The Selective Dragon

My dragonAt this point, I can say without reservation that speech recognition is my friend. I've been experimenting with the Dragon NaturallySpeaking 8 software since the end of December, and during that time it's gone from curiosity to indispensable communication tool. If, as has been suggested, version 9 has achieved significant improvements in recognition—and also requires little or no training—anyone using the current version is undoubtedly happier still. It seems the days of the keyboard as input device are indeed numbered. If the built-in speech-recognition capabilities of Vista live up to expectations, I think speech input will become more the rule than the exception within the next couple years or so. Not that users of the various non-Windows platforms will be left out in the cold; I don't have a Mac or run Linux, or Unix, but those platforms are likely to offer equal—if not better—capabilities. And as speech recognition increasingly finds its way into handheld devices, all the old problems associated with using fingers for computer input will simply go away. At least that's the theory.

Although I wasn't expecting the 99% accuracy reported by those using a high-quality headset under optimal conditions, I have, in fact, been able to achieve that level of performance using my handheld digital voice recorder setup. I can't say this level of accuracy is the rule, but it isn't the exception, either. Since I so often dictate while driving—frequently with a partially open window and the heater fan set on high—it isn't reasonable to expect stellar results. However, a quiet room and some care with enunciation almost always brings happiness. In other words, I don't believe using this voice recorder in place of a headset is necessarily the inferior solution some reviewers have indicated. While I'm sure it's possible to obtain unacceptable results using certain voice recorders, I'm equally certain that similarly disappointing results can be obtained with certain headsets, sound cards that are simply too noisy to be useful for speech-recognition applications, inadequate training, or a roomful of racket.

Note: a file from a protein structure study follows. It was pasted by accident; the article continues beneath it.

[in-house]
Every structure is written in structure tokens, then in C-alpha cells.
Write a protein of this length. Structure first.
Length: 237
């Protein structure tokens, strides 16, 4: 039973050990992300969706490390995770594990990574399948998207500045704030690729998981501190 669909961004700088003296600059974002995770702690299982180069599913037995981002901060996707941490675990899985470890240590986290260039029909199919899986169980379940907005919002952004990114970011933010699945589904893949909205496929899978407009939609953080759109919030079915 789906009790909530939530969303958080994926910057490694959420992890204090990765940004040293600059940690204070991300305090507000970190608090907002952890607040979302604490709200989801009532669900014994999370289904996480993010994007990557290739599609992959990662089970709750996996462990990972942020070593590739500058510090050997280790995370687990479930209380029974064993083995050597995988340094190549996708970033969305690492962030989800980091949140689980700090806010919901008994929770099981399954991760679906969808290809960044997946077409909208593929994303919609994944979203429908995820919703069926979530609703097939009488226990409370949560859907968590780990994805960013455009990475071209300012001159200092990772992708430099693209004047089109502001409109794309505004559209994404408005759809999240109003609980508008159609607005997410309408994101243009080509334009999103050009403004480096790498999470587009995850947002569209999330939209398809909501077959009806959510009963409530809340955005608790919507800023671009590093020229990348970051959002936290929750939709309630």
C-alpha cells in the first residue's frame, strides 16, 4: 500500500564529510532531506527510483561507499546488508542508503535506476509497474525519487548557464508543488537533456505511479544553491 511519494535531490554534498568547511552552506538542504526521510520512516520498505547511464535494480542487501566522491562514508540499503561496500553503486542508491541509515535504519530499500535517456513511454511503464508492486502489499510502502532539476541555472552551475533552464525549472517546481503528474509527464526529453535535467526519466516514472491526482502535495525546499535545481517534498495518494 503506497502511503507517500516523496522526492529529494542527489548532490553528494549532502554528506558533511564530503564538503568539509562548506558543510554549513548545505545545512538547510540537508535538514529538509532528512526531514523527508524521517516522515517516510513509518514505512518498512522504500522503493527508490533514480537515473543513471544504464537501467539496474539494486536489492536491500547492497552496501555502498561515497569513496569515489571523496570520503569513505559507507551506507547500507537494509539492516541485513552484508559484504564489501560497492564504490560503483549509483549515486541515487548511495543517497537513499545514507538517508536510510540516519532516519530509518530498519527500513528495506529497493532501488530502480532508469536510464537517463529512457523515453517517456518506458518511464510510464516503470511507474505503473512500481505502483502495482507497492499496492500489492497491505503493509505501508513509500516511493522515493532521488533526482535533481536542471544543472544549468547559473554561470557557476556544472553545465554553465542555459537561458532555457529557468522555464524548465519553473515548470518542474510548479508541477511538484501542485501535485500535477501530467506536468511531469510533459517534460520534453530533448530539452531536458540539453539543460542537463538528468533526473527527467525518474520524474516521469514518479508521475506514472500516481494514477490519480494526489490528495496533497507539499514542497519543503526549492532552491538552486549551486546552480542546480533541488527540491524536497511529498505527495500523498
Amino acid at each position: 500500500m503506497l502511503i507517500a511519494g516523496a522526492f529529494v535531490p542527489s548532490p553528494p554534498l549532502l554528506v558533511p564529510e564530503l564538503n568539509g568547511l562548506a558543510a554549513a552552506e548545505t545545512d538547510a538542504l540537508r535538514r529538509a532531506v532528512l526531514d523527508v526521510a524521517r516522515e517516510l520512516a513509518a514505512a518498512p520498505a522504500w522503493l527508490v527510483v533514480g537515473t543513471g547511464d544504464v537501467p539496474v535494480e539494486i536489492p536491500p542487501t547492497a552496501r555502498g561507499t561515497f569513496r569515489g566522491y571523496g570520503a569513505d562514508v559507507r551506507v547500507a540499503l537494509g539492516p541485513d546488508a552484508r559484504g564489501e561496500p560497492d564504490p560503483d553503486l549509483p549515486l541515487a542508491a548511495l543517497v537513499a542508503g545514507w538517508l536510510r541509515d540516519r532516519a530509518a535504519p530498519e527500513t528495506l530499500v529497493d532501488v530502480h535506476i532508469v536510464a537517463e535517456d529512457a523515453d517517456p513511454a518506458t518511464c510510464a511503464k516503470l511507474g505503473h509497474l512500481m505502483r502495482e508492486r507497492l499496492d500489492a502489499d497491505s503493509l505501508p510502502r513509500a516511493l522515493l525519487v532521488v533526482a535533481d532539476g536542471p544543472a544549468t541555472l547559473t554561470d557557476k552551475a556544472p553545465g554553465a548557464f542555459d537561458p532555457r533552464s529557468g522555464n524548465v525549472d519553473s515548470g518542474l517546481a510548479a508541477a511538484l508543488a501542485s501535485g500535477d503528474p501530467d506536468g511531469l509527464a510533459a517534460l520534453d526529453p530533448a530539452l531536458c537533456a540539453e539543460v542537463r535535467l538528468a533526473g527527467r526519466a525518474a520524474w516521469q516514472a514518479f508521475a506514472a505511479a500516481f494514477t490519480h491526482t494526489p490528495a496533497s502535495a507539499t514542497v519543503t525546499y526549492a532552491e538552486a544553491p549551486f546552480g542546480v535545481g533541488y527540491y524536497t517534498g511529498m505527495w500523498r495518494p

One thing I've noticed is that the Dragon ignores certain kinds of background noise; just because there's something loud and objectionable in the audio doesn't necessarily mean it will foul up the transcription. For example, an ambulance siren coming through an open window while driving recently was completely ignored; it had no effect on the transcription process. While a quiet environment dramatically improves recognition accuracy, steady "masking" sounds—things like fans, background music, and other voices—are a bigger problem than the occasional intruding audio event. An emergency siren, I suppose, has so little in common with the human voice that the speech-recognition system makes no attempt to extract language from it. Coughing, on the other hand, almost always results in a comical translation.

I've noticed, too, that it isn't unusual to see the same word misinterpreted at the beginning of a paragraph, then correctly identified later in the same paragraph. This may be the result of variations in context—some sentences are easier to parse for intended meaning—or changes in my enunciation, and possibly a combination of the two. A recent Dragon transcription initially rendered the word rum as ROM, but subsequently identified the word as I had intended it less than a dozen lines later, on the same page. In this situation, it's a mistake to correct the initial error; the fact it correctly translated the word on subsequent attempts points to a different kind of problem. The Dragon also seems to favor technical, business, and generally professional terminology when it's struggling to understand a word or phrase; this is probably a reflection of its lineage as a popular professional tool.

I'm beginning to get the hang of speaking as an alternative to typing, although I think I'll always have a preference for the latter. It just isn't the same mental exercise, no matter how much I try to convince myself otherwise. Still, it's hard to argue with the utility of, in effect, writing while driving, or when it's otherwise impossible—or just inconvenient—to type. It's an extension, and I'm not sure it will ever really be a substitute, except through dire necessity, maybe. Verbally commanding a computer to perform a task is one thing, but verbal writing is something else altogether. To my particular brain, anyway.


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